The day after Capital filed its financing statement, the parties entered into a factoring agreement, pursuant to which Capital made formula-based loans to the debtor, and the debtor granted Capital a security interest in its accounts receivable, contract rights, software, cash deposits and the like. The factoring agreement contained standard authorization language appointing Capital as the debtor's "attorney-in-fact" and authorizing Capital to sign and file a financing statement on the debtor's behalf. A month later, the parties entered into an inventory security agreement, which granted Capital a lien against the debtor's current and future inventory. By its terms, the inventory security agreement was "part of" and "supplementary to" the factoring agreement. Taken together, the two agreements (the security agreements) granted Capital a lien against substantially all of the debtor's assets and authorized Capital to file a financing statement to that effect.

During the following year, the debtor's financial situation deteriorated to the point that the debtor's unpaid creditors filed an involuntary bankruptcy petition against the debtor. The committee of unsecured creditors in the bankruptcy case brought an adversary proceeding against Capital, seeking to avoid Capital's security interest in the debtor's assets on the grounds that the financing statement was void as filed. The committee argued that, because the debtor had not signed or otherwise provided written authorization for the financing statement at or before the time the financing statement was filed, the filing was invalid and Capital's security interest was unperfected as a result. In response, Capital moved for summary judgment, arguing that the debtor's subsequent execution of the security agreements automatically ratified the financing statement as a matter of law, thus perfecting Capital's lien. The committee conceded that a financing statement could be ratified under common-law principles, but argued that ratification is not automatic under the UCC and that a determination of common-law ratification involved factual questions that would have to be resolved at trial.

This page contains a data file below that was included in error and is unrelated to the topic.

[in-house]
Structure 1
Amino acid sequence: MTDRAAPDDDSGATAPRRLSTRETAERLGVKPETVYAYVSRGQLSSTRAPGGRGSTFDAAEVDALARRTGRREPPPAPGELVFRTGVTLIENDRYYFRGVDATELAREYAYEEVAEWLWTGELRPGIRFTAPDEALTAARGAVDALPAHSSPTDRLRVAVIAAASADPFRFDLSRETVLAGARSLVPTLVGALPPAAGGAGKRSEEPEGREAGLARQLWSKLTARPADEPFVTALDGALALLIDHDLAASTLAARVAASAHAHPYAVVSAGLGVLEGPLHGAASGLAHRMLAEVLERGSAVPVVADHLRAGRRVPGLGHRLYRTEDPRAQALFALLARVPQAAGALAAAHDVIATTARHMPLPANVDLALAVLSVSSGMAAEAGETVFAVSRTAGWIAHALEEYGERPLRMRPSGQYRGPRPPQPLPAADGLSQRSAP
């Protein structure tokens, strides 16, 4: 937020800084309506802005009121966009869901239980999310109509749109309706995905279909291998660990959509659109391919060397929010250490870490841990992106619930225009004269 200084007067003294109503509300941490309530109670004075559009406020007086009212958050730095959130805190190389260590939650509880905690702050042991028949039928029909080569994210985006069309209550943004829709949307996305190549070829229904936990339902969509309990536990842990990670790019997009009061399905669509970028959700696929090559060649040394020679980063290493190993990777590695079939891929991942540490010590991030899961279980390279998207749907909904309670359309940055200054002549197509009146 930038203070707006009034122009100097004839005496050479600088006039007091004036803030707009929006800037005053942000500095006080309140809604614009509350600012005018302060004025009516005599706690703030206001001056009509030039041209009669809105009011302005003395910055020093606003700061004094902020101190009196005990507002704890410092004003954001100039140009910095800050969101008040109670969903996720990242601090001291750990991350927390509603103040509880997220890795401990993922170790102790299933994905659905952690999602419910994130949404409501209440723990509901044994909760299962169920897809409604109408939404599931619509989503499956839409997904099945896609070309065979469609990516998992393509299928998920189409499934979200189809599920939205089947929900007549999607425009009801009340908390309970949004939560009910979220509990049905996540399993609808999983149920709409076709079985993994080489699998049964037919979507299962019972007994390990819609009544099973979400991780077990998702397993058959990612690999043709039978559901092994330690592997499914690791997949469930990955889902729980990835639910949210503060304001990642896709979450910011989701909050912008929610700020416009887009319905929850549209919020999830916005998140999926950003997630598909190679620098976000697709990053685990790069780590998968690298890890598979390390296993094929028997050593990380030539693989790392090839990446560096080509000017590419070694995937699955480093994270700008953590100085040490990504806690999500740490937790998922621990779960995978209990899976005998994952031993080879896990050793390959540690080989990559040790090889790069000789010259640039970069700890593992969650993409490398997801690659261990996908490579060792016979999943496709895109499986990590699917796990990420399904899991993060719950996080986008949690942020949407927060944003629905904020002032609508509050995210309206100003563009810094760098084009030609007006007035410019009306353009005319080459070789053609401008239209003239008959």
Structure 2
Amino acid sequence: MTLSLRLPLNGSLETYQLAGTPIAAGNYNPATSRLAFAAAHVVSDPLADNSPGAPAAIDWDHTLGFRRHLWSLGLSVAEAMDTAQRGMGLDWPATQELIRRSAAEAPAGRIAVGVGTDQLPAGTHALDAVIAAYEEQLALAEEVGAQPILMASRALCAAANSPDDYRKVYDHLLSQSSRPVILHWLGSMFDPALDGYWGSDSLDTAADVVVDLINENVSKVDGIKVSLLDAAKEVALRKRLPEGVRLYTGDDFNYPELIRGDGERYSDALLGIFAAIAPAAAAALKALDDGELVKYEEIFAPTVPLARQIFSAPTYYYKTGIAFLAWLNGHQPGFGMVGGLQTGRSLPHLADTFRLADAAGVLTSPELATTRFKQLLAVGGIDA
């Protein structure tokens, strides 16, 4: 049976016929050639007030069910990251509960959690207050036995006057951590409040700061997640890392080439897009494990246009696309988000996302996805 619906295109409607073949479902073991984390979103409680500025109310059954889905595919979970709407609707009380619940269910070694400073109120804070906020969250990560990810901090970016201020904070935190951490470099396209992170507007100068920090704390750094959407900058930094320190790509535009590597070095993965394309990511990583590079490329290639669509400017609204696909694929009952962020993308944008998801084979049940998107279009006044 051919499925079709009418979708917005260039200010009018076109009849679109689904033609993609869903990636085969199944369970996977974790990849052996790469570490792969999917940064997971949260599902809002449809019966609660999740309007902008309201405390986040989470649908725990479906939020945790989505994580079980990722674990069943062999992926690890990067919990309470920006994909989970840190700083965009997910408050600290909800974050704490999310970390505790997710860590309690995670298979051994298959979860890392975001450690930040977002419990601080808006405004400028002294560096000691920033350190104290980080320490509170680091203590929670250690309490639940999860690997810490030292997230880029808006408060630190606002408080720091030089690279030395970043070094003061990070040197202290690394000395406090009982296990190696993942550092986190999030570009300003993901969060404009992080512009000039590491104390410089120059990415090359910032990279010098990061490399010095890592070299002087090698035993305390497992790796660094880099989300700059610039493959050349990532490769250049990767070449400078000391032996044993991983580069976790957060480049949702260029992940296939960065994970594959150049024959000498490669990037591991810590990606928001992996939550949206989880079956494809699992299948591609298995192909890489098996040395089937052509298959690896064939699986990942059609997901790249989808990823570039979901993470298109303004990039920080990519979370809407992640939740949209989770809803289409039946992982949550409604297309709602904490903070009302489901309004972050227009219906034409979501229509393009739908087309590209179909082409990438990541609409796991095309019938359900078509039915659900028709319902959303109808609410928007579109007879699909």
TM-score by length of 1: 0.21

The Court's Analysis